Wilson called in as Wallabies target fast start in England decider

Dave Rennie is preparing to ring the changes for the deciding Test against England on Saturday, with Queensland No.8 Harry Wilson set to be named.

It will be Wilson’s first start this season and comes with some intrigue, with the Wallabies vague on whether he will start in his preferred No.8 jersey or elsewhere in the back row.

The move, expected to be confirmed when Dave Rennie names his team later on Thursday, suggests that No.6 Rob Leota has been moved into the second row or onto the bench as second-row cover after an injury to Cadeyrn Neville and with Darcy Swain still facing a week out suspended.

Wilson could start in his place, with Rob Valetini moving to No.6, or Valetini could stay at the back of the scrum, with the 10-Test Queenslander starting in the blindside position.

The back-row reshuffle could mean Test rookie Nick Frost, who made his debut in the 25-17 loss in Brisbane, starts in the second row alongside Matt Philip. Leota and Samu would provide cover on the bench, unless Rennie decides to start Leota.

Partly a forced change, given the injury toll in the second row, Wilson’s call-up could also be read as a response to consecutive poor starts from Australia.


Could this be the Wallabies back row for the deciding Test against England? Pictured are Rob Valetini, Michael Hooper and Harry Wilson.Credit:Getty

The Wallabies trailed England on the scoreboard in the first Test before fighting back for a courageous win, and were outmuscled in Brisbane, allowing Eddie Jones’s side to sprint to a 19-0 lead in the first half.

Forwards coach Dan McKellar was at a loss to explain Australia’s poor start in the second Test, which was typified when England prop Ellis Genge sent Wallabies captain Michael Hooper flying in the opening stages.

But McKellar admitted the Wallabies were down on “intent and accuracy”.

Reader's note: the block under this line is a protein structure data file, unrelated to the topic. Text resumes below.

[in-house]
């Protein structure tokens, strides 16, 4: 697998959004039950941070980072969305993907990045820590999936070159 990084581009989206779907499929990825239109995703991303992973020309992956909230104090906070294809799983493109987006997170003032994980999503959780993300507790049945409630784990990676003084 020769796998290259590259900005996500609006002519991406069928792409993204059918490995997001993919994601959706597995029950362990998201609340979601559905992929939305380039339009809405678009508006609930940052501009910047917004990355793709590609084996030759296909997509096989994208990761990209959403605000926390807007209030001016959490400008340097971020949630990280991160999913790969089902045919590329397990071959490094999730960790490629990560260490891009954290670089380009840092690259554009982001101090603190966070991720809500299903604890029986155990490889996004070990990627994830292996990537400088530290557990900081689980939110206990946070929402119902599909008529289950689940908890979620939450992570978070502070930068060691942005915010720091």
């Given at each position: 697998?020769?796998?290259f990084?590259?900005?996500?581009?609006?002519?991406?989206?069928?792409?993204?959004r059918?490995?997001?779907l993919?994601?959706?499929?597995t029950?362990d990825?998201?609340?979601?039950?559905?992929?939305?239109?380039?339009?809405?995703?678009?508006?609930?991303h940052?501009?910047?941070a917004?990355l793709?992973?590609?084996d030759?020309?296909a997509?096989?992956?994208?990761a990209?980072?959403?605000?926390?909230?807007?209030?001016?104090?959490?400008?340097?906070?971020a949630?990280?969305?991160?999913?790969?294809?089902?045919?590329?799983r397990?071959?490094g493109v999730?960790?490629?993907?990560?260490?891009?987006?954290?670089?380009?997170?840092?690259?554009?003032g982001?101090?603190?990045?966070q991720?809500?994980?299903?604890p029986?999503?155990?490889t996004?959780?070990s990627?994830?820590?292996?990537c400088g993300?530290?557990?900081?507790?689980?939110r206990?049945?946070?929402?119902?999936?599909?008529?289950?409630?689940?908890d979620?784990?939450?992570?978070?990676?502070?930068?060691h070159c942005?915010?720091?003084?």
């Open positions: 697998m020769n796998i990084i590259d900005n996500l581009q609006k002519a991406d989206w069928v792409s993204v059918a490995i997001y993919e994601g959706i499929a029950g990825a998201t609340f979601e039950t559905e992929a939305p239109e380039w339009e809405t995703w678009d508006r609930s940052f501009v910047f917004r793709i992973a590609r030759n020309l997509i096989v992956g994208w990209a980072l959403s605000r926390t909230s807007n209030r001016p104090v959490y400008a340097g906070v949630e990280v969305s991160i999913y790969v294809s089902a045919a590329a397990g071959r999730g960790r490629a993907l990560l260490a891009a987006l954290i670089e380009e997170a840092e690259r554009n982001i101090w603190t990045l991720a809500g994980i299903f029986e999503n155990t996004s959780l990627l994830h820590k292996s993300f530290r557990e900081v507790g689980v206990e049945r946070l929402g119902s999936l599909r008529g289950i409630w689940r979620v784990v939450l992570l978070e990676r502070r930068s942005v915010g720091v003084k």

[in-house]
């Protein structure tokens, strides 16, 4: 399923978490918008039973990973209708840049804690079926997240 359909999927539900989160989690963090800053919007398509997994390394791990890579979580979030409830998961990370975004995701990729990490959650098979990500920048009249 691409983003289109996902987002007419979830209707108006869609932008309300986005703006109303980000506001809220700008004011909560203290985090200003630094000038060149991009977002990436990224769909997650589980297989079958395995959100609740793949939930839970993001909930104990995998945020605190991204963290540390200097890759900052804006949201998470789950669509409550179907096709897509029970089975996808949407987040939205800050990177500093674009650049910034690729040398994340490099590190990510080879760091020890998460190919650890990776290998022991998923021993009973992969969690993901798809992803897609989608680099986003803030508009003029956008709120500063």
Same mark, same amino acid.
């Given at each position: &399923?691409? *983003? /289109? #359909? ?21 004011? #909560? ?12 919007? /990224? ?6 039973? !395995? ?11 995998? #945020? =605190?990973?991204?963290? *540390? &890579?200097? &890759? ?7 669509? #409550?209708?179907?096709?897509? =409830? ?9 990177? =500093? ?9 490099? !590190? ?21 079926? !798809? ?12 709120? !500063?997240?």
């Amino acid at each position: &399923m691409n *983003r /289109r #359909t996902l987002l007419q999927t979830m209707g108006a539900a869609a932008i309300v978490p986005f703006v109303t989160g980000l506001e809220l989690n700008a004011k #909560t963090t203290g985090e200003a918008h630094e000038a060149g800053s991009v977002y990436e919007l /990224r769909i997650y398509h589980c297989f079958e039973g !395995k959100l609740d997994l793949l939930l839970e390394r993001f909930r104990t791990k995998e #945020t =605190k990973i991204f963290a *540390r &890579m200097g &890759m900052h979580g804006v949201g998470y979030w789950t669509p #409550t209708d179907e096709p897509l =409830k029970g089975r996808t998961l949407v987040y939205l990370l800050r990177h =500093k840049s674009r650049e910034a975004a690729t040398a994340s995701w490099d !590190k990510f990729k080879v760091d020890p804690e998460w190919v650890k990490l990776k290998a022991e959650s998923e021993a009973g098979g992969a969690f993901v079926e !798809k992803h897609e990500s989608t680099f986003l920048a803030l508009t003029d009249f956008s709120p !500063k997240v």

“For the most part it’s pretty random, crystal ball stuff. Do you have the ball, are you defending – the bounce of the ball can go against you,” he said.

Reece Hodge could be in contention for a spot in the 23 after multiple injuries to fullback options.Credit:Getty Images

“So what you’ve got to make sure you can bring is intent and accuracy. If you’ve got that, on both sides of the ball, then you give yourself a chance to start well.

“We start our training sessions nice and fast knowing you can’t ease your way into a game. Intent and accuracy are critical in those first couple of passages and that’s probably where we were down a little bit on Saturday night in Brisbane.”

The Wallabies were forced to call in departing Reds second-rower Lukhan Salakaia-Loto as cover after Jed Holloway and Ned Hanigan were also ruled out of contention. Australia’s outside back stocks have been hit hard as well, with three fullback options going down over the past two weeks.

McKellar said getting through the series was a squad-wide effort as Australia prepared to take into action their third different second-row combination and fourth fullback. Reece Hodge was added as injury cover after the first Test, while the Brumbies’ Tom Wright is also an option.

“What makes it seamless is the preparation you’ve done over the last three or four weeks and understanding that whoever’s played has, for the most part, been heavily involved in that preparation over that period of time,” he said.

“You can’t be throwing all your eggs in one basket with players, thinking they’ll just get through a series. The game’s played at an incredibly high intensity these days, very physical.

“Sadly we’re seeing more and more injuries – we’ve been unlucky in that area – and every now and then you’ll get clusters of them in a position, but you’ve got to make sure your whole squad is well-prepared and ready to step up if required. In the current environment we’re in, your 23 can change overnight so everyone needs to be well across the detail and plan, and individually prepared well, to play at the drop of a hat. We saw that with [five eighth Noah Lolesio] in Perth.”

Meanwhile, Stan Sport and Nine, publisher of the Herald, look set to land the broadcast rights for the 2023 Rugby World Cup and 2022 women’s World Cup.

Watch every match of the July Test Series on the Home of Rugby, Stan Sport. Wallabies v England (Saturday 7.55pm AEST), All Blacks v Ireland (Saturday 5.05pm AEST), South Africa v Wales (Sunday 1.05am AEST) and Argentina v Scotland (Sunday 5.10am AEST). All streaming ad-free, live and on demand only on Stan Sport.

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